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PARIS, Nov 22, 2004 (United Press International via COMTEX) -- French researchers found low-dose antioxidant supplements may reduce the risk of cancer among men, but not in women.
Dr. Serge Hercberg, of the Institut National de la Sante et de la Recherche Medicale and Unite de Surveillance et d'Epidemiologie Nutritionnelle in Paris, tested the efficacy of dietary supplements among 13,017 French adults over an average 7.5 years.
Participants were randomly assigned to take either a daily capsule containing 120 milligrams of ascorbic acid, 30 milligrams of vitamin E, six milligrams of beta carotene, 100 micrograms of selenium, and 20 milligrams of zinc; or a placebo capsule. The researchers found no differences between the antioxidant and placebo group in terms of cancer incidence or in cardiovascular disease incidence or all-cause death.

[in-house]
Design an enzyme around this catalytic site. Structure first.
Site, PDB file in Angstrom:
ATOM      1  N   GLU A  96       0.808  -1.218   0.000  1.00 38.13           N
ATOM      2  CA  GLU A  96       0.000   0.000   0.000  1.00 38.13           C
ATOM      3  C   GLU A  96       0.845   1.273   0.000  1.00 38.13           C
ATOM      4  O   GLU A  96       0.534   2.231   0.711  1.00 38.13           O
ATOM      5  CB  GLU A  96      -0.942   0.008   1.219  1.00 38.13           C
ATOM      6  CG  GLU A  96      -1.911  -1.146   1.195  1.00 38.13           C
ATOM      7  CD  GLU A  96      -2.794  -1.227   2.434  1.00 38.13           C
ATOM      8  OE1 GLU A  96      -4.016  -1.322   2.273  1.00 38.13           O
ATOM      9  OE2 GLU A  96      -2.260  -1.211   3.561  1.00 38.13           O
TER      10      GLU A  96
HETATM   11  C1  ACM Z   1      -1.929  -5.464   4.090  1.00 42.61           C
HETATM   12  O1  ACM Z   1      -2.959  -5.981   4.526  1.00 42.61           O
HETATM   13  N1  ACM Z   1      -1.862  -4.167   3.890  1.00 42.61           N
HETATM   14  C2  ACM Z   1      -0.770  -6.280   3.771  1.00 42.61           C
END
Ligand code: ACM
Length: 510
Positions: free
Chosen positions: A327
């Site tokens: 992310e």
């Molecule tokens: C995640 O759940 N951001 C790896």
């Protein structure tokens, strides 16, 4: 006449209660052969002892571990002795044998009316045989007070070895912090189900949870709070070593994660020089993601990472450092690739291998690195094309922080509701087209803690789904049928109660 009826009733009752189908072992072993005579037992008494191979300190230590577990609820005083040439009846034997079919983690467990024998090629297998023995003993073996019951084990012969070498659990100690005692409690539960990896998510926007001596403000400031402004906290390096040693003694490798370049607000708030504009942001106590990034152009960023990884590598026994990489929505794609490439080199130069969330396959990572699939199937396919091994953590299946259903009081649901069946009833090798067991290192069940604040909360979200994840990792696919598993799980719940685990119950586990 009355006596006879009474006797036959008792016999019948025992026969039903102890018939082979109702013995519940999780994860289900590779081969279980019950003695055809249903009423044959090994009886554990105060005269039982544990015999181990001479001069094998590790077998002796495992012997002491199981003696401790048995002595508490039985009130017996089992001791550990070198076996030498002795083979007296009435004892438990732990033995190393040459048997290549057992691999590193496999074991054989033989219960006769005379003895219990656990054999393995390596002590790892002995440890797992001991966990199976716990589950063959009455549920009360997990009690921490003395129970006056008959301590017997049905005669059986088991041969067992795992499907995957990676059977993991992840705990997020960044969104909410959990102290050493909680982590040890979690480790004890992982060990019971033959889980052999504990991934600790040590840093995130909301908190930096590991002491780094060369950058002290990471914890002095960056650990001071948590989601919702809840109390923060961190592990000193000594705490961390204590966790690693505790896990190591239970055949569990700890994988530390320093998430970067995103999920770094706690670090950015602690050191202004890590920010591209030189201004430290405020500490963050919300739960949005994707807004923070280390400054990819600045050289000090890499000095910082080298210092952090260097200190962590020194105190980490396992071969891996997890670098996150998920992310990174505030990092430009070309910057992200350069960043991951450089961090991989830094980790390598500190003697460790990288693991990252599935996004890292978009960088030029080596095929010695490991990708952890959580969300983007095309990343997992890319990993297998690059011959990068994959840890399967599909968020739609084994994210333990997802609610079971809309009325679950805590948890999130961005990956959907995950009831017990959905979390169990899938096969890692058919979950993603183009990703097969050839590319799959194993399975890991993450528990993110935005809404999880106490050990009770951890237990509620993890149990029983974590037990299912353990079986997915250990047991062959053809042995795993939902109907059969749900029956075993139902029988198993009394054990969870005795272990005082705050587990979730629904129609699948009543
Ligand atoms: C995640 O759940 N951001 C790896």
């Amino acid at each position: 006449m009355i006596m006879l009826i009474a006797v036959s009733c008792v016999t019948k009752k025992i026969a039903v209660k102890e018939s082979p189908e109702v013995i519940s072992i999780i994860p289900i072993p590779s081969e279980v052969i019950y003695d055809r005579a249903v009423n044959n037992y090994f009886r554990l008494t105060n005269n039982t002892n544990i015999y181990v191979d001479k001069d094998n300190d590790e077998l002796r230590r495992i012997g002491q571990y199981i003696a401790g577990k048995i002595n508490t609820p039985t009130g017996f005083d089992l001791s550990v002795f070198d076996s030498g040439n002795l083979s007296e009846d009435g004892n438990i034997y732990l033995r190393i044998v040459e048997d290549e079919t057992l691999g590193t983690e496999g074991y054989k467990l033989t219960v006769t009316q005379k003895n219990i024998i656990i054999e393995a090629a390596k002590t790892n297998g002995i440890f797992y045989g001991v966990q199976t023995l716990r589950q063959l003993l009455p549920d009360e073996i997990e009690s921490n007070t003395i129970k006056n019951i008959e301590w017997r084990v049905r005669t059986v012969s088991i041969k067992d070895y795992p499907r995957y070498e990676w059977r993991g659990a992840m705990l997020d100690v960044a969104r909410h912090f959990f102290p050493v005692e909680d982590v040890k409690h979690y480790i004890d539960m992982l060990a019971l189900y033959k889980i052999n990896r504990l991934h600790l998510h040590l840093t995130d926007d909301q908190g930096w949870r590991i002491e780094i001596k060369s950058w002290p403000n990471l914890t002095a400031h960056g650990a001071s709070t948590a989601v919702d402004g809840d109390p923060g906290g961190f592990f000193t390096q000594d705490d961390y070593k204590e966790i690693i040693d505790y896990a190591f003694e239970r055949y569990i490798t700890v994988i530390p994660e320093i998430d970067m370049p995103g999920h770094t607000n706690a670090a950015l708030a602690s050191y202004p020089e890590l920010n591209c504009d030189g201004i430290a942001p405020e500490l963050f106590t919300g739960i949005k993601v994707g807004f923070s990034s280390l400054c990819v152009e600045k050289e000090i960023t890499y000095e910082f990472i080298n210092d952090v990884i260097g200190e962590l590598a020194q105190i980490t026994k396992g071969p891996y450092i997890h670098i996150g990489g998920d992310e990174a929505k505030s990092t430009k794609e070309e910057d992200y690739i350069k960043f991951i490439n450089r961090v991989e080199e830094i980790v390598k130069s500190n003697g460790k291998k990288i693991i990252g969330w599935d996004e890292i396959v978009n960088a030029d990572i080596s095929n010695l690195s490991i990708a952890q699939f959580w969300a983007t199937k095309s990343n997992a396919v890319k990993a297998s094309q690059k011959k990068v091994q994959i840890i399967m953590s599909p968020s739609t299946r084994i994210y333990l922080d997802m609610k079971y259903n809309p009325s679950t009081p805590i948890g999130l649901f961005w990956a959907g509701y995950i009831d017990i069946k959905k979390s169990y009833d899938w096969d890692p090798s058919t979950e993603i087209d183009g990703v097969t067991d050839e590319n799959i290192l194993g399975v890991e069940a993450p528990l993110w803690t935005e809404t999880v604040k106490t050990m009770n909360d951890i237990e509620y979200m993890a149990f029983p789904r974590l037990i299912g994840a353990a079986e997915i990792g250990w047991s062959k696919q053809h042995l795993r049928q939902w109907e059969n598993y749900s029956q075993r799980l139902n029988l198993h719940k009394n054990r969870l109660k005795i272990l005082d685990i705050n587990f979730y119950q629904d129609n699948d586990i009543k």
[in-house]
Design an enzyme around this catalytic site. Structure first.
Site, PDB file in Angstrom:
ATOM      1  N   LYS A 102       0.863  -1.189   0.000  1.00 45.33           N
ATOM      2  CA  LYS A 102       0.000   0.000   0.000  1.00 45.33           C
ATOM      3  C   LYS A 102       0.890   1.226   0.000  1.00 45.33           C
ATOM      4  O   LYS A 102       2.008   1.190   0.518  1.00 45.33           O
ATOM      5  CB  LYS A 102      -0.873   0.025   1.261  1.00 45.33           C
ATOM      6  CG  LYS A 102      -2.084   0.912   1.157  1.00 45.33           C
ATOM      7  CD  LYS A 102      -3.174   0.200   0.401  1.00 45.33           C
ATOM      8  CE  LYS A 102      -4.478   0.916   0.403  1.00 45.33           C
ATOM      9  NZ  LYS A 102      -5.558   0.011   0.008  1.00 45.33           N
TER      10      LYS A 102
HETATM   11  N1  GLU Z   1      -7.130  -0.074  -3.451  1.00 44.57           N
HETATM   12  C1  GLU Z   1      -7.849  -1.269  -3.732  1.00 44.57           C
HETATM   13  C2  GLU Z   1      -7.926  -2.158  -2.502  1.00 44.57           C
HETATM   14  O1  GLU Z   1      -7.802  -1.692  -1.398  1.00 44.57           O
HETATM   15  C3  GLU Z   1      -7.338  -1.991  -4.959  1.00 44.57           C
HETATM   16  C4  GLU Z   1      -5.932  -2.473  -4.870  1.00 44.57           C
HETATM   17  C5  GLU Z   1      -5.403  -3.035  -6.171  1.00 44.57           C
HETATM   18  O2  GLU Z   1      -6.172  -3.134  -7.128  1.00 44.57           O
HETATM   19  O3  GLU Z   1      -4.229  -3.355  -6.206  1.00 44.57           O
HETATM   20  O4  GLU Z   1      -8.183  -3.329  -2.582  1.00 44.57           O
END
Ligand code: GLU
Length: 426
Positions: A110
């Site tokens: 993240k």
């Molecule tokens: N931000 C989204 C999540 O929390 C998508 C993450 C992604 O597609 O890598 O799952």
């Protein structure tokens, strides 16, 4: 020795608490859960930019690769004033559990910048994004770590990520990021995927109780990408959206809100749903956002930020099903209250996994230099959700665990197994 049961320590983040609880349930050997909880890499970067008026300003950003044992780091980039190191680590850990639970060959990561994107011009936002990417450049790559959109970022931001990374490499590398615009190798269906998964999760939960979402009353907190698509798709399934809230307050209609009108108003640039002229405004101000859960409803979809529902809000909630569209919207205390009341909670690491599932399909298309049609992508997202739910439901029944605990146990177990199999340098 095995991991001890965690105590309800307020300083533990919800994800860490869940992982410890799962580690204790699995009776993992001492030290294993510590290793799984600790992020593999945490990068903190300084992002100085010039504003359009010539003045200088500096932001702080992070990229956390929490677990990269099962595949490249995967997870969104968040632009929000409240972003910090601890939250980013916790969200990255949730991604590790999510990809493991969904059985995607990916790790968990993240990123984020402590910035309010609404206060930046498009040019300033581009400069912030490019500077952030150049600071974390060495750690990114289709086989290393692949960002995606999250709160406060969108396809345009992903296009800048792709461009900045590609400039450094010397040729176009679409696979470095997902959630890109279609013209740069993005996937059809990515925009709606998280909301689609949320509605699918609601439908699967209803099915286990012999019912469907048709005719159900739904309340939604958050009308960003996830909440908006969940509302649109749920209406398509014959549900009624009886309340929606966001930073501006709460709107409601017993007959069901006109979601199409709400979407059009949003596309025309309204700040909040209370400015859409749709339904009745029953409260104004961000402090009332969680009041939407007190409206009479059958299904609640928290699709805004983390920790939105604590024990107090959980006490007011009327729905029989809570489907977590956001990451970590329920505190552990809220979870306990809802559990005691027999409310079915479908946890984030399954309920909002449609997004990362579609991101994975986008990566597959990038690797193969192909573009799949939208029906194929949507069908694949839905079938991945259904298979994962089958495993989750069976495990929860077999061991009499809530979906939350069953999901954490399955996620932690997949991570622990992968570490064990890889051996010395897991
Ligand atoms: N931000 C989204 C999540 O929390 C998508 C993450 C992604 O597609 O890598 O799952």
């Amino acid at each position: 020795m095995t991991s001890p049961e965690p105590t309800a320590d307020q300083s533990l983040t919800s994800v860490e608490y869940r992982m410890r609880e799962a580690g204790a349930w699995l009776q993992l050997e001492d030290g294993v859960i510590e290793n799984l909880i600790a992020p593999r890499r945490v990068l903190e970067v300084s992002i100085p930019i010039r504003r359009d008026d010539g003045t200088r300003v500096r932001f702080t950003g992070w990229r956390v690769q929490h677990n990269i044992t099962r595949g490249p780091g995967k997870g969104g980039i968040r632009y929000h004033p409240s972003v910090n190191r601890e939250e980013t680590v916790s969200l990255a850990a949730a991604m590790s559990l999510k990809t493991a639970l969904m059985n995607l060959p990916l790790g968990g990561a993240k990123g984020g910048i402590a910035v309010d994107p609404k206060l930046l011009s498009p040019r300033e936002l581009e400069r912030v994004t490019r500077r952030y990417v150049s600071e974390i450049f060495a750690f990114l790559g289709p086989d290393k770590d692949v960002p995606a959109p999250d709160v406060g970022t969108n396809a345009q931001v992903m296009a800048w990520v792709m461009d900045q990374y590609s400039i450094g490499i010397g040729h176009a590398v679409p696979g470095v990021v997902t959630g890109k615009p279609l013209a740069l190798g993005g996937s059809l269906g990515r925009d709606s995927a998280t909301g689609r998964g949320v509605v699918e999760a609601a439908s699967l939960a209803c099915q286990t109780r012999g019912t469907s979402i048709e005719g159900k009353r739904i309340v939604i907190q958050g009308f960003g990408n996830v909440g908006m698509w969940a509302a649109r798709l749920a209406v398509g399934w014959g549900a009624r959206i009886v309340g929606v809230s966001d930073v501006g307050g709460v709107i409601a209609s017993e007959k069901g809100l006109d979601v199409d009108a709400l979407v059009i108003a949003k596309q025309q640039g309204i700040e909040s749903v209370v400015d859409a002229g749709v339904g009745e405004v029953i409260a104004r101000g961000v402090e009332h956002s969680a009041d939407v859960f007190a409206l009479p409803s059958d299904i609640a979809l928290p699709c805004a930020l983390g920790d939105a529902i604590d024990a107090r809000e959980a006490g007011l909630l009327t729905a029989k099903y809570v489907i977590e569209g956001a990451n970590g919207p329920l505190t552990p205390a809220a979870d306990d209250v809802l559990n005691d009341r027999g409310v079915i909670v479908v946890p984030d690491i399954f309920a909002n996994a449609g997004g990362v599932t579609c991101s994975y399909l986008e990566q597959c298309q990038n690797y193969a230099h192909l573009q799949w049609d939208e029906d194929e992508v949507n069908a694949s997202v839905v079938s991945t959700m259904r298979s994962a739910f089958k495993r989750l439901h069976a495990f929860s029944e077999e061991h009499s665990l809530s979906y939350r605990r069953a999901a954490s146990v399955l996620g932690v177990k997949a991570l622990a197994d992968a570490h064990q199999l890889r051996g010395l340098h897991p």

However, the researchers found a significant protective effect of the antioxidants in men, who were 31 percent less likely to develop cancer than women.
"Supplementation may be effective in men only because of their lower baseline status of certain antioxidants, especially of beta carotene," the researchers wrote in Monday's Archives of Internal Medicine.
Copyright 2004 by United Press International.